Raising Maine’s minimum wage is a trans justice issue
“So you must be happy whole about the Caitlyn Jenner thing, right?” It’s a question many of my cisgender* friends have asked me since Caitlyn Jenner “came out” on the cover of Vanity Fair in June. Jenner’s newfound fame as a trans activist is one of many examples of the growing visibility and awareness of transgender* people in popular culture. Along with actresses and writers such as Laverne Cox and Janet Mock, and shows such as Amazon’s Transparent, Jenner signifies a rapid change in media representation of trans people and trans bodies.
And yet, as a transgender woman, I’m not overwhelmed with excitement. Although the Jenner story has guaranteed that anyone who pays attention to pop culture in this country is now aware that trans people exist, the picture of life as a trans person presented in the media coverage surrounding Jenner is largely disconnected from the reality of average trans people’s lives.
That reality is far more dire than it is portrayed on TV.
In the recently completed Maine Transgender Economic Survey (METES), trans people were asked questions regarding income sources and resource security. That is: who pays us, and are we able to meet our basic needs, like food, shelter, transportation, health care? A mere 32% of the 118 respondents reported that they could consistently meet those basic needs. This means that roughly two out of three transgender people in Maine are unable to financially meet their basic needs. One in four report never being able to meet those needs. They lack adequate housing. Some must choose between eating and accessing health care. And many lack the transportation necessary to get them to a job that could improve their conditions, especially for those in rural areas.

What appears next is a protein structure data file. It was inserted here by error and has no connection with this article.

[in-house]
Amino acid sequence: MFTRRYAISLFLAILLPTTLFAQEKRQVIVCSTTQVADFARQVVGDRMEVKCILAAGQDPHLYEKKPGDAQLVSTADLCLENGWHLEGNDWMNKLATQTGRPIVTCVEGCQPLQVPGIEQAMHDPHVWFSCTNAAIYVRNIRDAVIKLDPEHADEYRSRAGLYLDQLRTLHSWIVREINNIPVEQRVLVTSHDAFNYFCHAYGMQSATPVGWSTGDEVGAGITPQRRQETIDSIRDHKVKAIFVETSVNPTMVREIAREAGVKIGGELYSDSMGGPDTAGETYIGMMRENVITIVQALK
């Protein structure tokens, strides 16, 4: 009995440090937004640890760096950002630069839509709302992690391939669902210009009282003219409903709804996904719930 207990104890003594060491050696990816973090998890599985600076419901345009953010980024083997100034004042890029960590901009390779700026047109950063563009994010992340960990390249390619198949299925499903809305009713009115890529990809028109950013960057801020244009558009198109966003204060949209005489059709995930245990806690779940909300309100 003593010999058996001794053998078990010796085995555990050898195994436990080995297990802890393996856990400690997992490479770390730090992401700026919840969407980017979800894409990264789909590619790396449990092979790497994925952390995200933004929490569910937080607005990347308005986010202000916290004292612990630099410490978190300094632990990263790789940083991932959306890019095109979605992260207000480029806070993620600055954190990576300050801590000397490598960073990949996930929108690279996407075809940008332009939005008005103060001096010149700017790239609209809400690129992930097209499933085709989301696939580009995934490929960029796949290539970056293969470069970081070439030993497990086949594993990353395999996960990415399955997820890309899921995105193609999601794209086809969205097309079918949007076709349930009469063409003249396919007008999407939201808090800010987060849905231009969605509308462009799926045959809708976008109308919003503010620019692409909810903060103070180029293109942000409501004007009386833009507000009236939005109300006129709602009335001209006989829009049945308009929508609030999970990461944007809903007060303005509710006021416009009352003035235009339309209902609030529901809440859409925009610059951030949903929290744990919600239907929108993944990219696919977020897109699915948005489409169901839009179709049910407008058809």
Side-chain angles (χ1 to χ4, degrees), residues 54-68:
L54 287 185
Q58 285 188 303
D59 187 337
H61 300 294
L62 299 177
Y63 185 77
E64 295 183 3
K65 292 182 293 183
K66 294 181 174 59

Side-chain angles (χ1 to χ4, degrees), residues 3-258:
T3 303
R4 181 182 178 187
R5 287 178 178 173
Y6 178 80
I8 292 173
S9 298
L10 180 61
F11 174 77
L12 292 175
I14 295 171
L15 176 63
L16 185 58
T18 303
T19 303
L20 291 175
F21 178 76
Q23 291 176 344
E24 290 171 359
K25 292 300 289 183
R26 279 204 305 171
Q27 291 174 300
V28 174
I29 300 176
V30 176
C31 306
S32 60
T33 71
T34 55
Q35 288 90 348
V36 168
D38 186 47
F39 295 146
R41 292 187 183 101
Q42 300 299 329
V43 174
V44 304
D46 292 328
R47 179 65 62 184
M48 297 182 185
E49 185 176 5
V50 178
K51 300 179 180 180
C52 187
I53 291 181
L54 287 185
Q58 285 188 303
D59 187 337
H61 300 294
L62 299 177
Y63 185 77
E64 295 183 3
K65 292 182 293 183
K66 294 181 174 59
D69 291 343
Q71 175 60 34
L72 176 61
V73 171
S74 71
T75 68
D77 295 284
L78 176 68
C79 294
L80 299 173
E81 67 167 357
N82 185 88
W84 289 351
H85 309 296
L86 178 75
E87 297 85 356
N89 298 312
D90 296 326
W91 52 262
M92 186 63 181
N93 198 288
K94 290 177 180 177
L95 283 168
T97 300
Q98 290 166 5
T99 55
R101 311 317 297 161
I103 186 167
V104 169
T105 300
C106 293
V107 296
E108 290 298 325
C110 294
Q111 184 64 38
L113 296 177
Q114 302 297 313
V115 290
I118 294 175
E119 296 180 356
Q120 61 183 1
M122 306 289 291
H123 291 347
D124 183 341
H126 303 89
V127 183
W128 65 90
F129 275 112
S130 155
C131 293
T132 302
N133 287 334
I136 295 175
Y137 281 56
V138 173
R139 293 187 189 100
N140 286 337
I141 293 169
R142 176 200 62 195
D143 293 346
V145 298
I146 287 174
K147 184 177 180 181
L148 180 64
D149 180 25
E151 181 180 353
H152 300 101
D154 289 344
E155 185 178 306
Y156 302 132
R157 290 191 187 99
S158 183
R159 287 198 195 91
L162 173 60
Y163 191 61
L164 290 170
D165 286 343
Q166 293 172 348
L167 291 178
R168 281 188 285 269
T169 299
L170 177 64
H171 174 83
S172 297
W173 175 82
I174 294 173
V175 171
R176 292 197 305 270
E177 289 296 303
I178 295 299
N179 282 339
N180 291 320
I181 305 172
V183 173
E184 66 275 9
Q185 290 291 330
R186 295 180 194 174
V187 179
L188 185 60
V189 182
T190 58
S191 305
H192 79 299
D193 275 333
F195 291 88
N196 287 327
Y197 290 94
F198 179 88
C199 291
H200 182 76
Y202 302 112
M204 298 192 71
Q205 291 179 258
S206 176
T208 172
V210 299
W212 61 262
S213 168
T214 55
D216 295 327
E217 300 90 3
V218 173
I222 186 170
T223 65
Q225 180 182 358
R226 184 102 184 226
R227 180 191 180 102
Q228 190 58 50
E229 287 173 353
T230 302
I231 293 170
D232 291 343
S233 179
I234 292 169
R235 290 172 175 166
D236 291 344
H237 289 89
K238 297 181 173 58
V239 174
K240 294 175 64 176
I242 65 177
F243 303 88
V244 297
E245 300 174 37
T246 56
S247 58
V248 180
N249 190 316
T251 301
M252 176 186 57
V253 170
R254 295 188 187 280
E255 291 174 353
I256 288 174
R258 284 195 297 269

The METES revealed a startling truth about trans lives in Maine: to be transgender is not only a personal and social identity–it is an economic condition.
It’s imperative to understand that these statistics aren’t from some abstract data set. They represent real people in our communities. Population estimates of Maine’s trans community range from about four to twelve thousand individuals. And we come from all parts. We’re your kid’s teachers. We’re your doctors and nurses. We’re factory workers and millwrights. We’re the homeless person you just walked by. And most importantly, we’re somebody’s loved one. Truly, we are everywhere.
And there is hope for our community One of the basic tenets of the trans justice movement is that, often, the policy issues that will most help our community are not unique to our community. 37% of Maine’s trans community work a job at or below $12/hr and would receive a direct wage increase as a result of the proposed citizens’ initiative to raise the minimum wage championed by Mainers for Fair Wages. An additional 15% work a low wage job above $12/hr, but within a bracket that is likely to benefit from the upward push on the labor market stemming from a minimum wage increase. That means 51%–about one in two trans people in Maine–stand to get a raise as a result of this one policy. If we consider only those trans people who are never able to meet their basic needs, that goes up to three in five.
Raising the minimum wage is a trans justice issue. In fact, it is likely the single policy change that would have the greatest positive effect, in terms of general well being, for Maine’s trans community, which is why over 88% of trans people in Maine support raising the wage.
We’re ready for this change. We need this change. The trans community will stand in solidarity with our fellow Mainers in this work. Will you stand with us?
*cisgender: an adjective describing someone whose gender identity matches the one they were assigned at birth
*transgender: A term for people whose gender identity, expression or behavior is different from those typically associated with their assigned sex at birth
Photo via Flickr/torbakhopper.
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